This 1847 print shows a view looking southwest toward the three-story Italianate-style library building, the Athenaeum, built 1845–47 after the designs of Scottish-born architect John Notman. The building was located at 219-221 South Sixth Street in Philadelphia. The adjacent building can also be seen in this view, and trees are visible beyond a brick wall in the background. The Athenaeum was founded in 1814 to collect materials "connected with the history and antiquities of America, and the useful arts, and generally to disseminate useful knowledge" for the public benefit. This lithograph was created by Peter A. Nicholson, modeled after an 1845 wash drawing by John Notman, which is included in the collections of the Athenaeum. The printer, Thomas S. Sinclair (circa 1805–81), was born in the Orkney Islands of Scotland and was active in Philadelphia by 1833, where he soon had his own business and was one of the first local printmakers to experiment with color lithography. A practical lithographer throughout his career, Sinclair produced all genres of lithographs, including maps, advertisements, city and landscape views, sheet music covers, portraiture, political cartoons, certificates, and book illustrations.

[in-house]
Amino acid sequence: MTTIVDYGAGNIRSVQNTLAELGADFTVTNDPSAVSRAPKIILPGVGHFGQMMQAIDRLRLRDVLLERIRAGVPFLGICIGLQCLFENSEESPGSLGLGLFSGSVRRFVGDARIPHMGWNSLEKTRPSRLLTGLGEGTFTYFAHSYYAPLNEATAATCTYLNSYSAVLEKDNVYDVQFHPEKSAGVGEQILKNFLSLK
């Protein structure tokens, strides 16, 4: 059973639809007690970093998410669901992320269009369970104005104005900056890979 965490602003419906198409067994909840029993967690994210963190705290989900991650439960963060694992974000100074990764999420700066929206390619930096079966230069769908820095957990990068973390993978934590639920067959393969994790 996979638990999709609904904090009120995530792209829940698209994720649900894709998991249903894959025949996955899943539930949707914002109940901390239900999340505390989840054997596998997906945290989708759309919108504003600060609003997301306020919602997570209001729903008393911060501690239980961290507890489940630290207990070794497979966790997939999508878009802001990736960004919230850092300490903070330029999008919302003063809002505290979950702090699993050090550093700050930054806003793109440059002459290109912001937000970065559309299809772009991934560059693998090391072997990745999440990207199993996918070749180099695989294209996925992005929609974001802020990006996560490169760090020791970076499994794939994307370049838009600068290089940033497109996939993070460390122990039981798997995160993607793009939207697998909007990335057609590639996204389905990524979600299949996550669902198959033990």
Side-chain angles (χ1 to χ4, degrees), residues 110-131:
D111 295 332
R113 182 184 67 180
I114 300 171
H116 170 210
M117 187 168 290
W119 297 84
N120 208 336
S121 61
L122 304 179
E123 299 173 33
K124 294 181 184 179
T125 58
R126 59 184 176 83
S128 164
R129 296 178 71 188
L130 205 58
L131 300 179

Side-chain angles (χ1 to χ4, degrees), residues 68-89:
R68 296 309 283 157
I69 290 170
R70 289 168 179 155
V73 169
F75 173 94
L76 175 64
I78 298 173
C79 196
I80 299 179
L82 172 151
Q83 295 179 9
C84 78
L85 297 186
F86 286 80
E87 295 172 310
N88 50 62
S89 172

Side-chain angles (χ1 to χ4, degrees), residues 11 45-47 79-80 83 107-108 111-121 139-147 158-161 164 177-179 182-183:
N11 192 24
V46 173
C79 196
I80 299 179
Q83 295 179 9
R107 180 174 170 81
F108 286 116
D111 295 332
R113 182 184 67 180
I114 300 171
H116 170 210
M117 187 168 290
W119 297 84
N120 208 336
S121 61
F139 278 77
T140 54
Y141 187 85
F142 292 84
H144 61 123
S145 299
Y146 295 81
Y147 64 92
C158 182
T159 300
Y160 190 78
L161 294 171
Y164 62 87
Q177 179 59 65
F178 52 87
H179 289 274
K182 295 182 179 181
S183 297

Lithography of T. Sinclair, Philadelphia
Type of Item
1 print : lithograph, tinted with one stone ; 11 x 19 centimeters
- Digital catalog number: POS 30
Last updated: October 30, 2015